Projected starters: Kenny Phillips, Antrel Rolle

Reserves: Tyler Sash, Chris Horton, Stevie Brown, Will Hill, Janzen Jackson

Potential strength: Put simply, Phillips is one of the best safeties in the NFL. The Giants' first-round pick in the 2008 draft has recovered from his 2009 knee problems and become one of the quiet strengths of the defense. Pro Football Focus ranked him the No. 5 safety in the league against the run last year, No. 9 in coverage and the No. 6 safety overall. He's still just 25 years old, and there's little reason to believe Phillips won't or can't continue to blossom as an elite NFL defender.

Potential weakness: Depth. Should Phillips or Rolle have an injury, he would have to be replaced by someone unproven. And if defensive coordinator Perry Fewell wants to run the three-safety looks he's enjoyed running the past two years, he'll need someone like Sash or Brown to step into the spot vacated by still unsigned veteran Deon Grant. Now, with the team's improved depth at linebacker and cornerback, it's possible that they just won't need to have three safeties on the field as much as they did last year or the year before. But the lack of experienced depth behind the starters is a potential concern.

Keep a eye on: Sash. The team's sixth-round pick in 2011, Sash has a reputation as a hard hitter and could be in line to fill that No. 3 safety spot. But as we have discussed here many times, it's difficult to evaluate safeties until that point on the calendar at which they're finally permitted to hit people in anger. It may not be until training camp or even preseason games until the Giants know how confident they can be in Sash's ability to make a 2012 contribution on defense. If he's not, it's possible they'll look into re-signing Grant, assuming he's still out there.
It's been a little while, but I have not forgotten our attempt to look at each team in the division on a position-by-position basis. Today we're going to do safeties, and we're going to start with the Washington Redskins, who will have two new starters after cutting O.J. Atogwe and letting LaRon Landry leave in free agency.

Projected starters: Brandon Meriweather, Madieu Williams

Reserves: Tanard Jackson, DeJon Gomes, Reed Doughty

Potential strength: They like the depth they have at the free safety spot, and they hope a training camp battle between Williams, Jackson and Gomes produces a high-quality starter. Williams has impressed Redskins coaches with his on-field and off-field intelligence, and the speed with which he's not only been able to pick up the scheme, but help others learn it as well. More than one Redskins coach during minicamp called Williams "a coach on the field." Jackson is a top talent who ran into trouble in Tampa Bay, and the Redskins hope a reunion with former Bucs coach Raheem Morris (who is now their secondary coach) can straighten him out and bring out the best in him. And Gomes is a young player they like as a potential starter down the road -- they just don't know how soon he'll be able to be that. Doughty is seen as a reliable backup who can play either safety spot if needed.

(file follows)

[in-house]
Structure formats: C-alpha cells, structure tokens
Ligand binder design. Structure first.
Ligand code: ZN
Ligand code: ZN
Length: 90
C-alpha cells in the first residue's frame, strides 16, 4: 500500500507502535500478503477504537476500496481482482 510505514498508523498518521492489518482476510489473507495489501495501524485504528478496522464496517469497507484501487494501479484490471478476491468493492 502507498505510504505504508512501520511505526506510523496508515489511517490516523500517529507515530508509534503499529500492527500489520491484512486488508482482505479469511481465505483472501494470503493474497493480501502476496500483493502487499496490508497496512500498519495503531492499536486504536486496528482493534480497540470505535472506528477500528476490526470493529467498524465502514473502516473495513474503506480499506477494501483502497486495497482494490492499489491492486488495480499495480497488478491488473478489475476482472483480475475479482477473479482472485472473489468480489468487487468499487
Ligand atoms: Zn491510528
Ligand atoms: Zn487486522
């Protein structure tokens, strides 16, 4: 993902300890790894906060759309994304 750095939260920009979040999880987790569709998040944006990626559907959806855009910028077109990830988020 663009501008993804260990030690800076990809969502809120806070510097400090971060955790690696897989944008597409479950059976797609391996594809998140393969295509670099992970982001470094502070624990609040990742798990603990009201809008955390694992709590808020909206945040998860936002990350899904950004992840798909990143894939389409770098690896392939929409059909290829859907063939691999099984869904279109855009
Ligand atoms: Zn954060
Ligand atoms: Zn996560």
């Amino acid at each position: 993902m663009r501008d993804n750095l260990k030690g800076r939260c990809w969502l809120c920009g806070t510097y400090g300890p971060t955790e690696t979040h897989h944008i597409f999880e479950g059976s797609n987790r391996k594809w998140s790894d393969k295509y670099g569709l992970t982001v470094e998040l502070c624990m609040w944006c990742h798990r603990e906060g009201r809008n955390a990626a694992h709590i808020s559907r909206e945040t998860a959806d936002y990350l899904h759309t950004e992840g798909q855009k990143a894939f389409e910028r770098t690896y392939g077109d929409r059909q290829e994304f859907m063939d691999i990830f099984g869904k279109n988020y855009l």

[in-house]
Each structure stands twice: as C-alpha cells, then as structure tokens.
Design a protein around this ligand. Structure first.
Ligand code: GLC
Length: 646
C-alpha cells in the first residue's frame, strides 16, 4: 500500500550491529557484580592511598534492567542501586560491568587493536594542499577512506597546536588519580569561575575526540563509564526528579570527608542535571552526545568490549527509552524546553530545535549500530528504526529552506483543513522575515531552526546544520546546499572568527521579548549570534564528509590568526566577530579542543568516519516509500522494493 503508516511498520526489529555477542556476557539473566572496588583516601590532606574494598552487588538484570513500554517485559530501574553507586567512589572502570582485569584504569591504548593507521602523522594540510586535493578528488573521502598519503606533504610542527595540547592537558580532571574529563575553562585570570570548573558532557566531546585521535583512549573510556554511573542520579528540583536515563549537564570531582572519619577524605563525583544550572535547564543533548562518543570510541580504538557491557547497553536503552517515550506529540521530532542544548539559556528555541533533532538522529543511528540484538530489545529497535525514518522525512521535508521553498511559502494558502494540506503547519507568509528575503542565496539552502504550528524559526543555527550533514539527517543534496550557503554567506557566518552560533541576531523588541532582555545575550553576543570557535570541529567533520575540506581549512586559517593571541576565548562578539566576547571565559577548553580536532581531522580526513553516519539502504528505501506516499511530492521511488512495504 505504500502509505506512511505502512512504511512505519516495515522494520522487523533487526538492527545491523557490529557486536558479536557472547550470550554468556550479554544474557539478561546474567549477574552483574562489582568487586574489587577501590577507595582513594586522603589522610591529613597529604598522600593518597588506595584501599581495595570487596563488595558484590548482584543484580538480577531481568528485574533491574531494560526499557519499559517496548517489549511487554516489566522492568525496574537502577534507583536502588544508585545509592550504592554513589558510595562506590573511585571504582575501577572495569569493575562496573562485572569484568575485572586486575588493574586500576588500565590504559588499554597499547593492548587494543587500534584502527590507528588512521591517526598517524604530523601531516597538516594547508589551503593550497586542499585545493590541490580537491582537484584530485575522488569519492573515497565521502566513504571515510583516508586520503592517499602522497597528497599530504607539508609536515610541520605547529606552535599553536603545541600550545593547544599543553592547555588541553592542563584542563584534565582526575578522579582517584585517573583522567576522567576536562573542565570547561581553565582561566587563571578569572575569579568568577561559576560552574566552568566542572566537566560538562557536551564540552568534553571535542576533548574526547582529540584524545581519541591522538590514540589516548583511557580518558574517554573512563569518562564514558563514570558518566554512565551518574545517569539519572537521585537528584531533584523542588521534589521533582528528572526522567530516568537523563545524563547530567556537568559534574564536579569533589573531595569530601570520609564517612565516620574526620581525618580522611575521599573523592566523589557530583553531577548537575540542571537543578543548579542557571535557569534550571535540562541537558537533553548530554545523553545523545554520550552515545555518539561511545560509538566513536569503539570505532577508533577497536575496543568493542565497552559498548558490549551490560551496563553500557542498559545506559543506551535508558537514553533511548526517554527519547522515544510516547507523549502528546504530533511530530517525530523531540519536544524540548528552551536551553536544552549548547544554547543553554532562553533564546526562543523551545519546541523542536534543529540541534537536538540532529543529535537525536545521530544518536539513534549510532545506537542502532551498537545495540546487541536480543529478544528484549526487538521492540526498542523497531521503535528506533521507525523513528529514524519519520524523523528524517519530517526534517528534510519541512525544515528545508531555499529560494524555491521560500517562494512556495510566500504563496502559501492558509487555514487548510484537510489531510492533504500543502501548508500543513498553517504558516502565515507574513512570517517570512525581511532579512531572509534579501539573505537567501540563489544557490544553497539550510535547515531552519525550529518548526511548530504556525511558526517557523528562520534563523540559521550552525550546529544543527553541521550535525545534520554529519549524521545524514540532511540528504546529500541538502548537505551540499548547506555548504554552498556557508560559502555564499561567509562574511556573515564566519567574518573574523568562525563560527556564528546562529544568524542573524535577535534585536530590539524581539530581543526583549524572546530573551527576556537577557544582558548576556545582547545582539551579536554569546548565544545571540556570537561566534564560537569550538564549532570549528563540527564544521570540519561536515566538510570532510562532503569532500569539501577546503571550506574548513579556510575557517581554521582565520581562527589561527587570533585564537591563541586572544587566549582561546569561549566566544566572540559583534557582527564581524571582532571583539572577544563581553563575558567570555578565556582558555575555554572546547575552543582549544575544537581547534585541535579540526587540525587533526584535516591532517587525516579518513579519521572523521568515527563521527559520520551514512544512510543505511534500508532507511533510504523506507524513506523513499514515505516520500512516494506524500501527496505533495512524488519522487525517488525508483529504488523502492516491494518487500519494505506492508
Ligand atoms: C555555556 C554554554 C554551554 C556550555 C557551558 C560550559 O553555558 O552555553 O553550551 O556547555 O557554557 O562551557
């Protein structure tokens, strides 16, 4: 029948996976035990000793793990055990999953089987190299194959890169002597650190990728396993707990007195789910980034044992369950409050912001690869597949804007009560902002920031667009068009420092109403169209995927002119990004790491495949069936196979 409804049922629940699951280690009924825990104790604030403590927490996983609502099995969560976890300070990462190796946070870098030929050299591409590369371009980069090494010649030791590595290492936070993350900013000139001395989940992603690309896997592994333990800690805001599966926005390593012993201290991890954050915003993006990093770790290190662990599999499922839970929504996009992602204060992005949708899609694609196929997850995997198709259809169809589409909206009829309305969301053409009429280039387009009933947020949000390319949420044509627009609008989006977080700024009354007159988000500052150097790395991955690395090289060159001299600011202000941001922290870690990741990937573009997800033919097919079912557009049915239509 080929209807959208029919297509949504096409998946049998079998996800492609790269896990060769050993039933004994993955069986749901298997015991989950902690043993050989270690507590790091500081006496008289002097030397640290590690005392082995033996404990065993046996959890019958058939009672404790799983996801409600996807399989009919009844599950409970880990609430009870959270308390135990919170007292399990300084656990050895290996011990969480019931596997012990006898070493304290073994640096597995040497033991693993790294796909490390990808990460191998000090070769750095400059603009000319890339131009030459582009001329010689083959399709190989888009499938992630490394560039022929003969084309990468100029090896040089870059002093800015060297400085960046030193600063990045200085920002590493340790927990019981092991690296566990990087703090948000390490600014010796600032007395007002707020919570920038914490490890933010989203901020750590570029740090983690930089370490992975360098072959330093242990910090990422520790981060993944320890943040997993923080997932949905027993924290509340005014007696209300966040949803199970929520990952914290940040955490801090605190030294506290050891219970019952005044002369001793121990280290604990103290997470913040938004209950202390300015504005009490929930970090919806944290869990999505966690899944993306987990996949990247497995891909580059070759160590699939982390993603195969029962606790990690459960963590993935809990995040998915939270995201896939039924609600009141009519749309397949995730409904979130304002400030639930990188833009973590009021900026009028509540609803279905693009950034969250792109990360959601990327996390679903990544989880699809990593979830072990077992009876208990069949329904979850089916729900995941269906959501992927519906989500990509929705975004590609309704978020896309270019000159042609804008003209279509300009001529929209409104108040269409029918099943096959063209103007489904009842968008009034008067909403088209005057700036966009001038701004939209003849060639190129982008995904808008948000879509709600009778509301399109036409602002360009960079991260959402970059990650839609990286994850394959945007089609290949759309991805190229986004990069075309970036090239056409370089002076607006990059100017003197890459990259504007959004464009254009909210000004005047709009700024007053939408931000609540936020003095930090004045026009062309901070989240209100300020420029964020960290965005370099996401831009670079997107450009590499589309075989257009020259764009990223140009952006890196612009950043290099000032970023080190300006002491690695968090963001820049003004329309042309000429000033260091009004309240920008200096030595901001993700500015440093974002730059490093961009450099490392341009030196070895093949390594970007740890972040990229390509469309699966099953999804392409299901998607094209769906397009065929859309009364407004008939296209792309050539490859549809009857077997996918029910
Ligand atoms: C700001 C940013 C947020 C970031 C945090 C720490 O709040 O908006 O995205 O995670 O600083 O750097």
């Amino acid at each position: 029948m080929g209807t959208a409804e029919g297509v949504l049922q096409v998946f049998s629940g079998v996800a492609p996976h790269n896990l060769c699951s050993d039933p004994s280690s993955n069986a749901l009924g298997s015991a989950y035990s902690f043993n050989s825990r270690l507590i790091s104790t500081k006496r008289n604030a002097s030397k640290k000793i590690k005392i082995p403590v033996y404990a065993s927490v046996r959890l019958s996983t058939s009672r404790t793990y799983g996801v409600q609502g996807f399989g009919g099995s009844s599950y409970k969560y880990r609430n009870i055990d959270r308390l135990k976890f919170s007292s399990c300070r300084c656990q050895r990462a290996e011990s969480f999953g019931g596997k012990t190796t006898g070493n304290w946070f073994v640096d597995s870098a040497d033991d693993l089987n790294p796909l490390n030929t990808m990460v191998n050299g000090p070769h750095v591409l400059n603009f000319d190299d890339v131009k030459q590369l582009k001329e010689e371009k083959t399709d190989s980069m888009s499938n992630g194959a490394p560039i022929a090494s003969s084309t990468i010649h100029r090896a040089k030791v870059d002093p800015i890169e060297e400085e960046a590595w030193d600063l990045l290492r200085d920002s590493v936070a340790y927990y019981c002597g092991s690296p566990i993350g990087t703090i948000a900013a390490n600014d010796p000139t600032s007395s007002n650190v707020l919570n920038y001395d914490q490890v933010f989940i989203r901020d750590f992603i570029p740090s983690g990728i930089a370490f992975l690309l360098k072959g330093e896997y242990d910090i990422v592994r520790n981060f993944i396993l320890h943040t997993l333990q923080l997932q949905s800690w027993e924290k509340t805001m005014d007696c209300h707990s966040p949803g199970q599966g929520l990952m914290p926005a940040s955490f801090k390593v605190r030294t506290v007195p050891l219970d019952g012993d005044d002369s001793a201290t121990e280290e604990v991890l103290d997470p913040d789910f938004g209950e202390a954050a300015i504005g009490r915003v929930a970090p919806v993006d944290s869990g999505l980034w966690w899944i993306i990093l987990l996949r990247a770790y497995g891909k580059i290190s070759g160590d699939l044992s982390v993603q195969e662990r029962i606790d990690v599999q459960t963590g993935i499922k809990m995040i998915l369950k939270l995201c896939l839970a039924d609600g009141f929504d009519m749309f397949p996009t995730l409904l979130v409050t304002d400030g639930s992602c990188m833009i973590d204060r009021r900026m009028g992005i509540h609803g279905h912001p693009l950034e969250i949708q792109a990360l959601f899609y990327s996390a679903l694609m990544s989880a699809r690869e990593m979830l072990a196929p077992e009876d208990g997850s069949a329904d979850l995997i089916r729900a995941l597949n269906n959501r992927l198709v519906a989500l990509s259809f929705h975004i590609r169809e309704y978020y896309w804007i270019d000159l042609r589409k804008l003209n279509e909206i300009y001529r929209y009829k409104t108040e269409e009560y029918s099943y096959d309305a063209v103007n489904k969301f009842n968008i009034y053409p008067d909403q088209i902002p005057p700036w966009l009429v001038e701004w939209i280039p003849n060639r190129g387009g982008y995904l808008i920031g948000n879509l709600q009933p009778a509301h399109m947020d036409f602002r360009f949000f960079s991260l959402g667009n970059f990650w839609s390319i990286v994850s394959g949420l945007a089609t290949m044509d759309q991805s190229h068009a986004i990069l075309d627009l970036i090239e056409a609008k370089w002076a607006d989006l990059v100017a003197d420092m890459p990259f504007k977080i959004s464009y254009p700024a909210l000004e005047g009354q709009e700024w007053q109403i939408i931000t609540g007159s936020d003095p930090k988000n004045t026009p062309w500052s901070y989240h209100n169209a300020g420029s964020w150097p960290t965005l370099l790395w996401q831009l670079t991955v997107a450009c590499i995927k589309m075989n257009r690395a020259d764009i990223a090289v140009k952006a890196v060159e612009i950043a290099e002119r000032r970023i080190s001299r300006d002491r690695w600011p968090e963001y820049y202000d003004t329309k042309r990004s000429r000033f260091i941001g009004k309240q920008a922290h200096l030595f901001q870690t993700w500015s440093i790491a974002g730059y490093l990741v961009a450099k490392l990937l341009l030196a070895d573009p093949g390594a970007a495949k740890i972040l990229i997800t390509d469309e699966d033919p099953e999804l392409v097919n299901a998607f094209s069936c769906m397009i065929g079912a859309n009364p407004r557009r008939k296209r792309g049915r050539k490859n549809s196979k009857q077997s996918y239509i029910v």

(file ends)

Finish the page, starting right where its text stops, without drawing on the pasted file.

Potential weakness: When they signed Meriweather, the Redskins saw a guy who'd been miscast in the Bears' two-deep coverage schemes last season and could flourish in their more varied and complex coverages. Rather than play a traditional strong safety role, Meriweather in Washington will be asked to rush more, help out with blitzes and work as part of different combinations in the coverage schemes. It could work, but it could also backfire. This is still a guy who was cut by two teams last year. And while the Redskins might have themselves convinced it was a personality conflict that got him booted out of New England, and a poor scheme fit that made him ineffective in Chicago, it's possible the problem is with the player himself. And if he can't handle the job, all they have behind him right now is Doughty.

Keep an eye on: Jackson. He's four years younger than Williams, and if he keeps his focus on the field and plays the way he's capable of playing, he's probably the better player at this point in his career. The Redskins aren't skeptical about his ability. They just wonder if a guy with his off-field history is always going to have those problems, or if he can really be counted on to change. It's hard to say what they'd have to see to convince them they can trust him. But if he outplays Williams and doesn't fail any more drug tests along the way, he could see a lot of time in that Redskins' defensive backfield, and potentially be a major help at a position that's a question mark right now.
Today's team-by-team look at the cornerback position in the NFC East wraps up with a check on the revamped secondary of the Dallas Cowboys.